Hiring an Intern? Things to Consider.
Internships are all the rage. For example, my niece and nephew both attended Northeastern University, where admission standards have sky rocketed over the last few years largely in response to the school’s heavy emphasis on work co-ops. In this tough economy parents and students understandably love the idea of getting a leg up on the competition by getting real life experience and making contacts that could lead to future employment.
That’s nice Henry, but what does that have to do with the price of tea in China, you may ask. Well, I am assuming that a fair number of credit unions either hire interns or are considering doing so. Besides, I overhead the Association’s HR guru Chris Pajak fielding a question on this very issue the other day and I thought it was an intriguing issue. I’m here to remind you that rising interest in internships is growing hand in hand with increased legal scrutiny of what interns can and cannot do.
Most importantly, disgruntled interns have brought lawsuits claiming that they were actually employees and should have been treated as such under the Fair Labor Standards Act. The bad news is that there are no hard and fast rules to determine when an intern is actually an employee. The good news is, as explained in a recent article in the Legal Intelligencer, that the Second Circuit has provided employers with several criteria to be considered when determining if an intern is properly classified. These criteria include the extent to which: the intern clearly understands that there is no expectation of compensation; the internship provides training similar to that provided in an educational environment; the internship is tied to the intern’s formal education program, such as through coursework and the receipt of academic credit; the internship accommodates the intern’s academic commitments; the intern’s work complements rather than replaces an existing employee; the internship’s duration is tied to beneficial learning; and the employer and intern understand that the internship is being conducted without the assurance of a job at its conclusion.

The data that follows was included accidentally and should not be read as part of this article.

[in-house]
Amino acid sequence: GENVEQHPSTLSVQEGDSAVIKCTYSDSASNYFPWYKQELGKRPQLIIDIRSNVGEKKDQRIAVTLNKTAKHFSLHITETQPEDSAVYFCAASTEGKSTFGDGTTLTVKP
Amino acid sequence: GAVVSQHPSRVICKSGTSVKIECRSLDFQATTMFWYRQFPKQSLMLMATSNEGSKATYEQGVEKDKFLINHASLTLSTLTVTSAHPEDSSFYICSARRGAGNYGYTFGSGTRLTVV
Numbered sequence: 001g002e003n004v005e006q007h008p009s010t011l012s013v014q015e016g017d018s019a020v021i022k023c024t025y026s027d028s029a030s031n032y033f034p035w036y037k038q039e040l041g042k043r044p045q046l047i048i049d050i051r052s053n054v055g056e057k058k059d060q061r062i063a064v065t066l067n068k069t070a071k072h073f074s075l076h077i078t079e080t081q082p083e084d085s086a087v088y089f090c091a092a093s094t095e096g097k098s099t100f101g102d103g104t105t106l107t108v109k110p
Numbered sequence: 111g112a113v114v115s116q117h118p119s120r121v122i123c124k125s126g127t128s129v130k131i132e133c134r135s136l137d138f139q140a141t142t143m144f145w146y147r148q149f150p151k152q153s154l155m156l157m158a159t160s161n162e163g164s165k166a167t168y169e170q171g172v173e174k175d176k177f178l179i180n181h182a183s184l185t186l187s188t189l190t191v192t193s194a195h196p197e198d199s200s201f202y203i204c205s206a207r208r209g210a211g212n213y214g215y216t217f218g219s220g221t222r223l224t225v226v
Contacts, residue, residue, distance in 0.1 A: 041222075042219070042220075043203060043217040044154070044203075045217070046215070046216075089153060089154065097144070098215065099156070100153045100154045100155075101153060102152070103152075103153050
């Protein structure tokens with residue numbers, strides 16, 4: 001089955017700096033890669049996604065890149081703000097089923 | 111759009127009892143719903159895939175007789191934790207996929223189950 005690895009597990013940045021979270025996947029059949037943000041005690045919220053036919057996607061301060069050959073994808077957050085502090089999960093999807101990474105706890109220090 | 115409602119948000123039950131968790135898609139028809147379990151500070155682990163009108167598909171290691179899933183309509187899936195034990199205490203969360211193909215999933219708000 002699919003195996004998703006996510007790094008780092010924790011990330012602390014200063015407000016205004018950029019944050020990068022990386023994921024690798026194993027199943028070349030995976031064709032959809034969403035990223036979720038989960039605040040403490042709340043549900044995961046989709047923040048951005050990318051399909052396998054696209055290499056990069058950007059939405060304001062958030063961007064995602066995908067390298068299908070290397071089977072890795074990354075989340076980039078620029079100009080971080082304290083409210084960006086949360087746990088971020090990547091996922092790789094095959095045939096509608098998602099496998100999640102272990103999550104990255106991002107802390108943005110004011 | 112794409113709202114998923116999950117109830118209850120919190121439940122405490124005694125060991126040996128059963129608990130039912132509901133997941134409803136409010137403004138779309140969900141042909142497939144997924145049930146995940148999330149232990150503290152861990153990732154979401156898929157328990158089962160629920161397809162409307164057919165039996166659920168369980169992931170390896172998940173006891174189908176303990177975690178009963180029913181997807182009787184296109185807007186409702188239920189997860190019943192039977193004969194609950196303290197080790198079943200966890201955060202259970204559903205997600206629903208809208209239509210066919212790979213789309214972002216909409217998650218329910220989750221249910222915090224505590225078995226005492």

Now remember, these are criteria, not requirements, which means that not every single one of these elements have to be present for you to legally provide someone an interning opportunity. The overriding gist of cases that have reviewed this issue is that employers have to be able to demonstrate that an intern is receiving academic benefit, and not simply being used to substitute for an employee.
Congressman Israel to Retire
Eight term Long Island Congressman Steve Israel announced that he would not be seeking re-election. One of his goals apparently is to have more time to write the Great American Novel. According to the Huffington Post, he plans to write a satire on the gun lobby. His district represents Northern Long Island and part of Queens. Best of luck, Congressman.